Tags: mammoths | died | thirst | alaska

Mammoths Died of Thirst, Trapped on Alaskan Island

Image: Mammoths Died of Thirst, Trapped on Alaskan Island

(Dreamstime.com)

By    |   Wednesday, 03 Aug 2016 08:59 AM

Woolly mammoths died of thirst on an isolated Alaskan island, the last of their kind, cut off without clean freshwater by a rising sea some 5,600 years ago, according to a study reported on by the Alaska Dispatch News.

The study, published Monday in the Proceedings of the National Academy of Sciences, said the mammoths crowded onto St. Paul Island in the Bering Sea off western Alaska before melting glaciers boosted sea levels to the point that trapped them there.

The PNAS study said vegetation composition on the island stayed stable during the woolly mammoth's extinction period and there was no evidence of human presence on the island until 1787. Researchers said they did find the island experienced drier climates and declining freshwater reserves from about 7,850 to 5,600 years ago.

"Contrary to other extinction models for the St. Paul mammoth population, this evidence indicates that this mammoth population died out because of the synergistic effects of shrinking island area and freshwater scarcity caused by rising sea levels and regional climate change," the study said.

"Degradation of water quality by intensified mammoth activity around the lake likely exacerbated the situation. The St. Paul mammoth demise is now one of the best-dated prehistoric extinctions, highlighting freshwater limitation as an overlooked extinction driver and underscoring the vulnerability of small island populations to environmental change, even in the absence of human influence."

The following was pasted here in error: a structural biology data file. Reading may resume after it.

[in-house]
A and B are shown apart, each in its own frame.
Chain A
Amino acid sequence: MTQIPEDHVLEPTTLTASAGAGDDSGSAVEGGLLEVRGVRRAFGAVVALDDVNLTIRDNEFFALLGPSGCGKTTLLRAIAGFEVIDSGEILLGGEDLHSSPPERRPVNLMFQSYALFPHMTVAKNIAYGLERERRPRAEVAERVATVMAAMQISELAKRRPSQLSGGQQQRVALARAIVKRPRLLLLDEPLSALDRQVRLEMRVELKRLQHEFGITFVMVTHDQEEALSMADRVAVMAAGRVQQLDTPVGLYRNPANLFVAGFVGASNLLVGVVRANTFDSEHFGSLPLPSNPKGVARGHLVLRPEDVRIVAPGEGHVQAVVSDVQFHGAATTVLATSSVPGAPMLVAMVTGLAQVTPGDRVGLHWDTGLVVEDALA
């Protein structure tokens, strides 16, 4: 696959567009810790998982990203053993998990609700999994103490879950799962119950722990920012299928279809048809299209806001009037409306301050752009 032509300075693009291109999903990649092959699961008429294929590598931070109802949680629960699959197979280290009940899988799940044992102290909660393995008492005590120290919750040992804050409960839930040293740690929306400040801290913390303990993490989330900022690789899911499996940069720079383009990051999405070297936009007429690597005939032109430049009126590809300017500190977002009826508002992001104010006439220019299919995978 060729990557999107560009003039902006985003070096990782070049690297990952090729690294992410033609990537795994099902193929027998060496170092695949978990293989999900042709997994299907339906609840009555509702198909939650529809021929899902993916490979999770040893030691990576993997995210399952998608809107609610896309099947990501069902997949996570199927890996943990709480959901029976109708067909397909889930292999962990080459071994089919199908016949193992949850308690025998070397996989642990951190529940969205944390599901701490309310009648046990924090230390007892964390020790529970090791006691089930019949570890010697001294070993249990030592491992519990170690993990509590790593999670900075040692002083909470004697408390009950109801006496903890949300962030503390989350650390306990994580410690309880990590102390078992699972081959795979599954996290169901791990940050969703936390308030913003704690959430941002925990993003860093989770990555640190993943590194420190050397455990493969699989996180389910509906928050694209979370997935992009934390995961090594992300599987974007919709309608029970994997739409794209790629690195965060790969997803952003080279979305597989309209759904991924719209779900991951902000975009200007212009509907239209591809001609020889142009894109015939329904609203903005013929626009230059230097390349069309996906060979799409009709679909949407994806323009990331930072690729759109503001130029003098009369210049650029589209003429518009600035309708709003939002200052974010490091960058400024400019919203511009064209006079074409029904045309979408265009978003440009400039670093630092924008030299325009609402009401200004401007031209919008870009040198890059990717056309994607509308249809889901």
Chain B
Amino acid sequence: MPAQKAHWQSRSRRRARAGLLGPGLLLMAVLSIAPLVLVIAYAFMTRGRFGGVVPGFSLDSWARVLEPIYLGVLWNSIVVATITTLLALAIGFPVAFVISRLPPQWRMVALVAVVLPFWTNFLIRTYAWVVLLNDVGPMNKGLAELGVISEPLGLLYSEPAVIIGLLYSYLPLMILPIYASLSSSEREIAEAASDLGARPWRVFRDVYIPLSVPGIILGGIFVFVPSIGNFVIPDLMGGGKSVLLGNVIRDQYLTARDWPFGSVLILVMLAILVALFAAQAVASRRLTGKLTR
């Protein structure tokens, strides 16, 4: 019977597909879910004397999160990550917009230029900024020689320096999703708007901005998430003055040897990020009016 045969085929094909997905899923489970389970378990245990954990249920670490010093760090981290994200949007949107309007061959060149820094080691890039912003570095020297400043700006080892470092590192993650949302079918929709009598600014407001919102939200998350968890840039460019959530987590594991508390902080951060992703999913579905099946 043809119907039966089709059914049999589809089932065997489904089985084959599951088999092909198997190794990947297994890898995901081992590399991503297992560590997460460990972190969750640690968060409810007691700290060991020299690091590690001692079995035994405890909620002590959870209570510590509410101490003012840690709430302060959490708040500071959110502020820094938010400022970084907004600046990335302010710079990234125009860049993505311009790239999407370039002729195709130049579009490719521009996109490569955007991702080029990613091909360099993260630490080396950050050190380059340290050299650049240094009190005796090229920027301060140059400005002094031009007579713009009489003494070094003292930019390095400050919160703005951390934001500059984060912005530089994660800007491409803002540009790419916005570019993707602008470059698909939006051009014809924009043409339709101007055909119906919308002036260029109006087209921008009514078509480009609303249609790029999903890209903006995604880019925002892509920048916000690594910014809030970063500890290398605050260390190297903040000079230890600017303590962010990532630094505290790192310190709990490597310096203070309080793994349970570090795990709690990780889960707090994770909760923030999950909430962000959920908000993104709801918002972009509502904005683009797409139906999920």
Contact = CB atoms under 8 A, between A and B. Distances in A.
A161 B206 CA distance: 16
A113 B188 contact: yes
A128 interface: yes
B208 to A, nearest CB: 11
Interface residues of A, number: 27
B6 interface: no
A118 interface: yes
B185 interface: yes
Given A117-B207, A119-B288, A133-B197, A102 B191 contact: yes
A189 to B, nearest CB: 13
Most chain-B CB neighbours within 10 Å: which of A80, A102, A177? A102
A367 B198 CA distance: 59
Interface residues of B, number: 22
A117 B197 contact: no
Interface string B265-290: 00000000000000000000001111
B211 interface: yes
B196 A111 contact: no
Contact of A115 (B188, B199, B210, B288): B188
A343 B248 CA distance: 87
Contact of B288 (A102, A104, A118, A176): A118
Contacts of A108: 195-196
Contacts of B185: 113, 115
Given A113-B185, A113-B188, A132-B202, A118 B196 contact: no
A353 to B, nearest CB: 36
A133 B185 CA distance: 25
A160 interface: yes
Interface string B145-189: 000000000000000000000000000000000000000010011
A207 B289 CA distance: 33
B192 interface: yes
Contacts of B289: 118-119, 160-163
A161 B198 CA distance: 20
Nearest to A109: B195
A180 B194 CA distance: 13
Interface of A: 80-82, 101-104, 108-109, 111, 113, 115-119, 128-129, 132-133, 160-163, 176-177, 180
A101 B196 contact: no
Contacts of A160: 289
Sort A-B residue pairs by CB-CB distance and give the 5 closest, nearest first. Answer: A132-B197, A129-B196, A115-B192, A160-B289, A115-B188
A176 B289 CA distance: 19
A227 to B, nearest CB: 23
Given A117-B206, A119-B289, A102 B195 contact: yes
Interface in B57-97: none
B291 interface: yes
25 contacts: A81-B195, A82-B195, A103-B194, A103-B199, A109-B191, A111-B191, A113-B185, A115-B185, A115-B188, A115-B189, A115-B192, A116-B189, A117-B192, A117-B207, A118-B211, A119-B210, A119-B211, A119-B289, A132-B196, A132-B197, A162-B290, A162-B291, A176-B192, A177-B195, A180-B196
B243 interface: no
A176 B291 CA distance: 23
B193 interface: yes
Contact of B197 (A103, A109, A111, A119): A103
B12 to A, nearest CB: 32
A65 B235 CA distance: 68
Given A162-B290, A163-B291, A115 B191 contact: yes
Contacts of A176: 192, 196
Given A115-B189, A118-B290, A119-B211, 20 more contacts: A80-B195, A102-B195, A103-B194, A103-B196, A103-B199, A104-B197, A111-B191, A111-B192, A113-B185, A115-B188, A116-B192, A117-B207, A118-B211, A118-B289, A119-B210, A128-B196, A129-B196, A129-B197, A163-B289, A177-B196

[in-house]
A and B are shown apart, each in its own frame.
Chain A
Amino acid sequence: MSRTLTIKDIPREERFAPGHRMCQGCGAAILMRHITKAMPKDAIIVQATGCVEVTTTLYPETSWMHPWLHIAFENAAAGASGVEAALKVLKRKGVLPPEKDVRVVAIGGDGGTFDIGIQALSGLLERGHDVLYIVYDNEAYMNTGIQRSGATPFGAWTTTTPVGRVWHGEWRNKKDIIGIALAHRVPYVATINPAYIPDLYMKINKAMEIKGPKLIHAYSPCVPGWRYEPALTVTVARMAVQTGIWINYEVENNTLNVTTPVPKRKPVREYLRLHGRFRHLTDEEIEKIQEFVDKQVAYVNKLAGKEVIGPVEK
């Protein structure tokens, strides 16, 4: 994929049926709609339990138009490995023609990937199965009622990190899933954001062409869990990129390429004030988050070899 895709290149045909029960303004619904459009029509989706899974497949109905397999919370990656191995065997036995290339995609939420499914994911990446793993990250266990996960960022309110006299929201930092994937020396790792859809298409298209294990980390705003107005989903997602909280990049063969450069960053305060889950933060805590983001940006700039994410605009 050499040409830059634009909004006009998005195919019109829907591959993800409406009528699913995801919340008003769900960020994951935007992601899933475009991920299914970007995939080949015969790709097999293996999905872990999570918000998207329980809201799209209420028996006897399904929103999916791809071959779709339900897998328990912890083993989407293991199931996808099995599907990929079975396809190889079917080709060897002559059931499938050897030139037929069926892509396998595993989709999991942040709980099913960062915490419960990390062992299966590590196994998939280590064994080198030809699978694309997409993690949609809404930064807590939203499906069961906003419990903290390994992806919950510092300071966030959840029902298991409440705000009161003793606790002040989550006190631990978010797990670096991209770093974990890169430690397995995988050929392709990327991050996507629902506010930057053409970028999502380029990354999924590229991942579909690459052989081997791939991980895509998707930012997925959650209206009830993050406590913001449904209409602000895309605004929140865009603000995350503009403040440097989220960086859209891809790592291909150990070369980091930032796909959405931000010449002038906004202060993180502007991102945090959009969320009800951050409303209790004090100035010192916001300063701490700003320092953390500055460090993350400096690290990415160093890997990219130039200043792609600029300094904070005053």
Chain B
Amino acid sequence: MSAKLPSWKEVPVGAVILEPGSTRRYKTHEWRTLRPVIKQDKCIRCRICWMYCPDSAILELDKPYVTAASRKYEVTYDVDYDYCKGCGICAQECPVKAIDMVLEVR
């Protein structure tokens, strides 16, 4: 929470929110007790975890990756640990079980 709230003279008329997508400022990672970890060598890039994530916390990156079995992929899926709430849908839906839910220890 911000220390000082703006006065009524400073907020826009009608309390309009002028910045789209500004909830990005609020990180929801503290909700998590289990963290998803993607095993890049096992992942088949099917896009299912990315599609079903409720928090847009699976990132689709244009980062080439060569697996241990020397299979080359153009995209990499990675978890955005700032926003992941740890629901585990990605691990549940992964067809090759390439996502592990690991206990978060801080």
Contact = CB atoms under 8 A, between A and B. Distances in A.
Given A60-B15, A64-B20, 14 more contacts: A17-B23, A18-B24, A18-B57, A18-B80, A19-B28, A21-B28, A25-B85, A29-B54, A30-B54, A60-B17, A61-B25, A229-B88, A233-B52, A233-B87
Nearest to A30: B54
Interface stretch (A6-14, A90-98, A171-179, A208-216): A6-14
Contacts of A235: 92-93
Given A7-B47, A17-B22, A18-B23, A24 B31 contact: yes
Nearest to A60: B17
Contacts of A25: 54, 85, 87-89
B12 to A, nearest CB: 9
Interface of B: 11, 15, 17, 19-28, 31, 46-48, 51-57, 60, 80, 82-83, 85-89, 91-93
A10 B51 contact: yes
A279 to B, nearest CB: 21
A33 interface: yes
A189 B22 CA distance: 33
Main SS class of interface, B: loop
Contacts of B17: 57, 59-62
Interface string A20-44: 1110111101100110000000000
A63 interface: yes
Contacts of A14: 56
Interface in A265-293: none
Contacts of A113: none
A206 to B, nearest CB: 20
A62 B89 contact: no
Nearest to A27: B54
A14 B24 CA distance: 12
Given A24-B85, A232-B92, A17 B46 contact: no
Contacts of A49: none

Russell Graham, professor of geosciences at Penn State University and lead author of the study, said the evidence indicating rising sea levels, lack of freshwater and the extinction seemed to fix together like a puzzle.

"It's amazing that everything turned out so precisely with dating of extinction at 5,600 plus or minus 100 years," he said. "We see a reduction in the three species of fungus, all of which are associated with the dung of large animals. These spores are a marker for the presence of large animals like mammoths."

© 2017 Newsmax. All rights reserved.

 
1Like our page
2Share
TheWire
Woolly mammoths died of thirst on an isolated Alaskan island, the last of their kind, cut off without clean freshwater by a rising sea level some 5,600 years ago.
mammoths, died, thirst, alaska
321
2016-59-03
Wednesday, 03 Aug 2016 08:59 AM
Newsmax Inc.
 

Newsmax, Moneynews, Newsmax Health, and Independent. American. are registered trademarks of Newsmax Media, Inc. Newsmax TV, and Newsmax World are trademarks of Newsmax Media, Inc.

NEWSMAX.COM
America's News Page
© Newsmax Media, Inc.
All Rights Reserved